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The End of Us, shot during the pandemic in 2020, had its world premieres at SXSW 2021.Henry Loevner, Steven Kanter/Handout

As soon as the film industry shut down one year ago, discussions began about how quickly it could start back up.

In the blockbuster corner, that meant spending many unexpected millions of dollars to rewrite the production playbook. Which is how giant affairs like the new Jurassic World and Mission: Impossible and Batman movies were able to get back to camera before anyone even knew vaccines would be available.

In the more independent sphere, things have been trickier. The good news: a surprisingly robust number of mid-, low- and micro-budget movies have been conceived, shot and released all while COVID-19 turns the world upside-down. But within this boom there has emerged a curious new genre of cinema: movies made during the pandemic that are also about the pandemic – and almost all of them gobsmackingly awful.

This year’s South By Southwest (SXSW) Film Festival, which ran this week virtually out of Austin, proved to be ground zero for this new superdepressing trend. No fewer than nine SXSW titles tackle the pandemic, and while you cannot help but admire the tenacity and resourcefulness of filmmakers painted into a COVID-19 corner, the resulting work should also compel artists of all stripes to take a breath and ask themselves if, truly, they are creating work out of purpose or because they’re bored.

Recovery and The End of Us, both of which had their world premieres at SXSW, are prime offenders. Both are small movies featuring only a handful of characters, shot in limited locations, attempting to mine our ultra-frustrating reality for too-soon indie-comedy laughs.

Recovery, from co-directors Mallory Everton and Stephen Meek, follows two twentysomething sisters (Everton and co-writer Whitney Call) as they travel across the U.S. to retrieve their grandmother from a long-term care facility hit by the coronavirus. The End of Us, directed by Henry Loevner and Steven Kanter, focuses on a recently split Los Angeles couple (Ben Coleman and Ali Vingiano) who must continue cohabitating due to stay-at-home orders.

Ostensibly, hilarity ensues from those central predicaments. Yet both films use “our unprecedented time” as an excuse to push through unbearably annoying characters, millennial-shtick mugging and shaggy jokes that wouldn’t make the cut at a fifth-rate regional sketch-comedy competition. These are crisis-opportunity (crisitunity?) films that may have kept their creative teams busy but will only leave audiences feeling more depressed than they were before pressing play.

The shot-during-lockdown dramedy Language Lessons, another SXSW selection, is not really about COVID-19.Jeremy Mackie/Handout

The shot-during-lockdown dramedy Language Lessons, another SXSW selection, is not really about COVID-19. Conceived by friends Natalie Morales and Mark Duplass, the film follows the up-and-down friendship between a down-on-her-luck Spanish tutor (Morales) and the rich dude (Duplass) who was gifted virtual lessons by his husband. But by telling its story exclusively through glitchy video-chat screens – complete with audio lag and all the other fun Zoom/FaceTime/Skype/Microsoft Teams features we’ve learned to endure over the past 12 months – it substitutes aggravating novelty for character, story, beauty and imagination.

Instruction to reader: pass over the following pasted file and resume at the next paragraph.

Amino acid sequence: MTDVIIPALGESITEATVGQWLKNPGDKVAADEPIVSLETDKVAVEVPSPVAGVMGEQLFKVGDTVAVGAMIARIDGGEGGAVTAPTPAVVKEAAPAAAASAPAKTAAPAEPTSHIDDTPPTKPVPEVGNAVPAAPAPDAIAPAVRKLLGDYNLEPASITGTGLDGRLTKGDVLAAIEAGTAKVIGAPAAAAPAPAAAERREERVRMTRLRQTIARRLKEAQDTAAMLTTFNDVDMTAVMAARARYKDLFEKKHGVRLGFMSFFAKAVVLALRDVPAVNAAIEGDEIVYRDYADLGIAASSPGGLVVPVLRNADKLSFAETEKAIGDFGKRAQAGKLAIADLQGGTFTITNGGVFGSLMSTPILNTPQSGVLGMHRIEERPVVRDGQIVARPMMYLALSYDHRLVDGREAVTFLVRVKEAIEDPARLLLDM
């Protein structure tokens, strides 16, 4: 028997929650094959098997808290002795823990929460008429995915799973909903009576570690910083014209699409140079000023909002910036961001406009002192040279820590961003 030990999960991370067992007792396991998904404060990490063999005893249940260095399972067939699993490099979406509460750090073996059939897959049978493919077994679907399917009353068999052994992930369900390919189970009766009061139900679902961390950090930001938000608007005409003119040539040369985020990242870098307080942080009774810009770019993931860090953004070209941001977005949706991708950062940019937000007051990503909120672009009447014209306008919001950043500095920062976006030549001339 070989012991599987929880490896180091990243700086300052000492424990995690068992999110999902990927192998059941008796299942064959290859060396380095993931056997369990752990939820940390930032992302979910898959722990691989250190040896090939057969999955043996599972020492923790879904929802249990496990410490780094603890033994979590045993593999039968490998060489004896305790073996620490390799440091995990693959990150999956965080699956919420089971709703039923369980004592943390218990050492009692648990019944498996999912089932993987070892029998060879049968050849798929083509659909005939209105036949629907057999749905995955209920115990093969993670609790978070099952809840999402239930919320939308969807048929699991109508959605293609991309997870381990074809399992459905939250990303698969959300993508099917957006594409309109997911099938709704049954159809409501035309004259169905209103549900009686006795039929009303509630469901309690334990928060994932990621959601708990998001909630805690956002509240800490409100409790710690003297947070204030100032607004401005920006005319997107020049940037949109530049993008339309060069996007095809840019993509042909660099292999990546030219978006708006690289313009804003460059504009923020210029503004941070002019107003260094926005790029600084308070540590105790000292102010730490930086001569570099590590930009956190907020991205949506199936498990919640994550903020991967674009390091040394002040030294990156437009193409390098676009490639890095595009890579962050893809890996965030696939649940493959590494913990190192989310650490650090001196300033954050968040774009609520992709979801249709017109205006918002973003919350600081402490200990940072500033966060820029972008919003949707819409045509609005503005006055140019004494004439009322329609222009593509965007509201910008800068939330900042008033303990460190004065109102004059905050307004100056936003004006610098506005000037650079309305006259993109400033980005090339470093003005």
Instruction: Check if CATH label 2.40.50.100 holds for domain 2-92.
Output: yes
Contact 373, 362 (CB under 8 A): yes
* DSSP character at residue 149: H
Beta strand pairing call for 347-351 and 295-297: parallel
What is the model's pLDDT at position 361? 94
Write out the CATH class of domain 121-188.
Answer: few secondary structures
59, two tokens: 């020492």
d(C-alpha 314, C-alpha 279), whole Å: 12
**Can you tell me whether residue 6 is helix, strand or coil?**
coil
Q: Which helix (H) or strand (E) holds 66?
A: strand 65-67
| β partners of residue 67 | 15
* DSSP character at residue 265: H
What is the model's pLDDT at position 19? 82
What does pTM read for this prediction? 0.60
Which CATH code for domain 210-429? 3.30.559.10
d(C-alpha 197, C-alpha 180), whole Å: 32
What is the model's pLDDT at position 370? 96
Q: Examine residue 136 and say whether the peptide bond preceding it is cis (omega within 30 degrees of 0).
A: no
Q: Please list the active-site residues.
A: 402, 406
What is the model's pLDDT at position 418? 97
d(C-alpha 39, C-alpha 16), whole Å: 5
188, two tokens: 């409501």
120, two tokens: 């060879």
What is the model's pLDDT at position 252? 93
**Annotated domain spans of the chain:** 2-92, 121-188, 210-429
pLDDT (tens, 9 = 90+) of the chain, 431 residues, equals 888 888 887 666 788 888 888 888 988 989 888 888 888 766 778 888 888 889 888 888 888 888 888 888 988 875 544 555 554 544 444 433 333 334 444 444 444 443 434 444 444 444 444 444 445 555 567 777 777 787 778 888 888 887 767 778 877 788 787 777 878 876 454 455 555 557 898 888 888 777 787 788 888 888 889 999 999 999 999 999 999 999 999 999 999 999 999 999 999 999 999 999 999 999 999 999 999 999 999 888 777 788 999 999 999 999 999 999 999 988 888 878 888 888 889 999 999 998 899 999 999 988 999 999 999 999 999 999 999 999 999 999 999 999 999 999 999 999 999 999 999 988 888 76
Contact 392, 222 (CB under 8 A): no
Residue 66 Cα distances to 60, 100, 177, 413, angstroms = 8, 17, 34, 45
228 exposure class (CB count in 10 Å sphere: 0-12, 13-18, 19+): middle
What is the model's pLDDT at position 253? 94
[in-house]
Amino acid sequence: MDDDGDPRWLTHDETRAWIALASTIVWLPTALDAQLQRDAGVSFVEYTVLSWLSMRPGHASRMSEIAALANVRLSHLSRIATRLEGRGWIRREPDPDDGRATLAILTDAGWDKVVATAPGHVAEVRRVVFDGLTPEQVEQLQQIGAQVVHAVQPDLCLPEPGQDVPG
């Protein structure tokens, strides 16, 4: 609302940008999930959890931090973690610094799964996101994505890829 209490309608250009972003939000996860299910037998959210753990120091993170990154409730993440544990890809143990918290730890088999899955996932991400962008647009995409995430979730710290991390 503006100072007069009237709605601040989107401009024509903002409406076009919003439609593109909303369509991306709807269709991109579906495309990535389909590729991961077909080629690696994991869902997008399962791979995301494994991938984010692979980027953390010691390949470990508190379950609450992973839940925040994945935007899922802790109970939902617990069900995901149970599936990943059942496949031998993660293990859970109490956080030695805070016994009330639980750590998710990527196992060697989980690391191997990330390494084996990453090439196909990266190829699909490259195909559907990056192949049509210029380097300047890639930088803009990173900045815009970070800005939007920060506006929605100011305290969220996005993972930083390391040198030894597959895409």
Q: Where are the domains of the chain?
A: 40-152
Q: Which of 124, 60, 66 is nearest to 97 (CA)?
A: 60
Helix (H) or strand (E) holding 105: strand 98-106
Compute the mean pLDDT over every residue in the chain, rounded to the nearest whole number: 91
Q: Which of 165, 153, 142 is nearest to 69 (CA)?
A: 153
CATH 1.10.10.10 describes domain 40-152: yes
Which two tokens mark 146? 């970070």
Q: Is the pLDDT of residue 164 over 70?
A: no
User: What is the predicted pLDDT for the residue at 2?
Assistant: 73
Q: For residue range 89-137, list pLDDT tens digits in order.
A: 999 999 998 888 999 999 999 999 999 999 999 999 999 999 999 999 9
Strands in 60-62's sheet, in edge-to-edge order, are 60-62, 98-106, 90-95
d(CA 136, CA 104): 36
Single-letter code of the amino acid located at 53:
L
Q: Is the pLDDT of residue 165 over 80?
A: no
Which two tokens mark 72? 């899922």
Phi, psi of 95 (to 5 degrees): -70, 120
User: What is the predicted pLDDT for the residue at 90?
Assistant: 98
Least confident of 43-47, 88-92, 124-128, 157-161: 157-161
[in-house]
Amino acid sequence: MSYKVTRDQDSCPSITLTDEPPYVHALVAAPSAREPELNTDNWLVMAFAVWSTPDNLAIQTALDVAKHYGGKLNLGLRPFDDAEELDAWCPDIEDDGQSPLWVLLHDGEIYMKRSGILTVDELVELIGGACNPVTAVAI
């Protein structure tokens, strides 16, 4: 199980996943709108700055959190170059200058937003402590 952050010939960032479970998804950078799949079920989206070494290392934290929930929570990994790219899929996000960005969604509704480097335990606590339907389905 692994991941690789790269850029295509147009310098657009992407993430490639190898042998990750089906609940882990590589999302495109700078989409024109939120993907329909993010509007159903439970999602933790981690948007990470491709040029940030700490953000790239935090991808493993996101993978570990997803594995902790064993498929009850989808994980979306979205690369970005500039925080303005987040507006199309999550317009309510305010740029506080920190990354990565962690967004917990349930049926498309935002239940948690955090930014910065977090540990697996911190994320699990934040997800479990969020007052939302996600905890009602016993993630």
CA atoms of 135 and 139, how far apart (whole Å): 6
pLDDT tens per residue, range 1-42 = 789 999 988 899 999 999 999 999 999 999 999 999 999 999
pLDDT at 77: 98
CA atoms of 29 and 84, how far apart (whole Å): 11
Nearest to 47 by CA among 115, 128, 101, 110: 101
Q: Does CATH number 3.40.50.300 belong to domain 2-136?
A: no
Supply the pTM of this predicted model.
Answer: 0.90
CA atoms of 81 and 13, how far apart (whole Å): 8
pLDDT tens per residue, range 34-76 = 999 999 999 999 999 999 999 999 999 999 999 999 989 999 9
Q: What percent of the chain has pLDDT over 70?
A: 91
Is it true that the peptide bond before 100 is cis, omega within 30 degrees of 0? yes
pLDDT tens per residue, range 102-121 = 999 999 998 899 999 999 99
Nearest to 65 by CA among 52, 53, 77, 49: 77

The psychological drama Ayar, meanwhile, about a wannabe actress separated from her young daughter thanks to both the coronavirus and familial issues, is not a wink-y lark like the other SXSW selections. But it, too, feels like a film that uses the pandemic as a creative crutch – it has timeliness on its side, sure, but is there anything more to it?

These SXSW titles follow a handful of pandemic-produced films out of January’s Sundance that similarly proved filmmakers are either not yet equipped to process the cultural moment or have nothing better to do: Ben Wheatley’s folk-horror experiment In the Earth (which takes place in a virus-wracked world); Zoe Lister Jones and Daryl Wein’s comedy How It Ends (a glib world-ending experiment that offers an excuse for L.A.’s best comic actors to visit each other from a distance); and Nanfu Wang’s In the Same Breath, a rushed, contextually uneven documentary that also played SXSW this week.

Other critics were more favourable toward Language Lessons after its Berlinale film festival premiere earlier this month. So maybe I’m just grumpy. But the Berlinale also offered a genuinely great example of how to make a movie about our COVID-19 world without turning the entire story or form over to COVID-19: the Romanian satire Bad Luck Banging or Loony Porn. Director-writer Radu Jude’s film, which follows a teacher who faces ostracization after her sex tape leaks, was in the works for years. But instead of abandoning it or reworking it, Jude simply slid his story into a locked-down world. The basics remained the same, but sometimes characters would wear masks, or walk by shuttered storefronts. It is a movie about the pandemic, but also not at all.

Likely/hopefully, this era of socially distanced cinema will be short-lived. The isolation will fade away, the limits of making a movie with PPE and hundred-plus-page safety protocols will become an obstacle of the past. And in five or 10 or 20 years’ time, perhaps we will gain the necessary reflection to make sense of a moment in time that doesn’t make any sense at all. But right now, I can only take so much staring into cinema’s Zoom-y void before it starts to stare back at me. Let’s mute this trend for the time being.

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